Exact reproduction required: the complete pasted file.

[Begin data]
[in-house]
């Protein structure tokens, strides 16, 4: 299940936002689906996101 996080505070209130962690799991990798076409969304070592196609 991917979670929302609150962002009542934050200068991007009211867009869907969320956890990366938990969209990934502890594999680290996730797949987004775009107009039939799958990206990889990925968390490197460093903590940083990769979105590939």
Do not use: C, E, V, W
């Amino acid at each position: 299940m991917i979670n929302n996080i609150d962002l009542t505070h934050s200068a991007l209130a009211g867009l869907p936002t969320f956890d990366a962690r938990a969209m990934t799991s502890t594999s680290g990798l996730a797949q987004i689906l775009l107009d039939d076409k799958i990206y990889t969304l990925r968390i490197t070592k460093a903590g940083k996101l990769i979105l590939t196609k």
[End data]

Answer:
[in-house]
């Protein structure tokens, strides 16, 4: 299940936002689906996101 996080505070209130962690799991990798076409969304070592196609 991917979670929302609150962002009542934050200068991007009211867009869907969320956890990366938990969209990934502890594999680290996730797949987004775009107009039939799958990206990889990925968390490197460093903590940083990769979105590939």
Do not use: C, E, V, W
């Amino acid at each position: 299940m991917i979670n929302n996080i609150d962002l009542t505070h934050s200068a991007l209130a009211g867009l869907p936002t969320f956890d990366a962690r938990a969209m990934t799991s502890t594999s680290g990798l996730a797949q987004i689906l775009l107009d039939d076409k799958i990206y990889t969304l990925r968390i490197t070592k460093a903590g940083k996101l990769i979105l590939t196609k």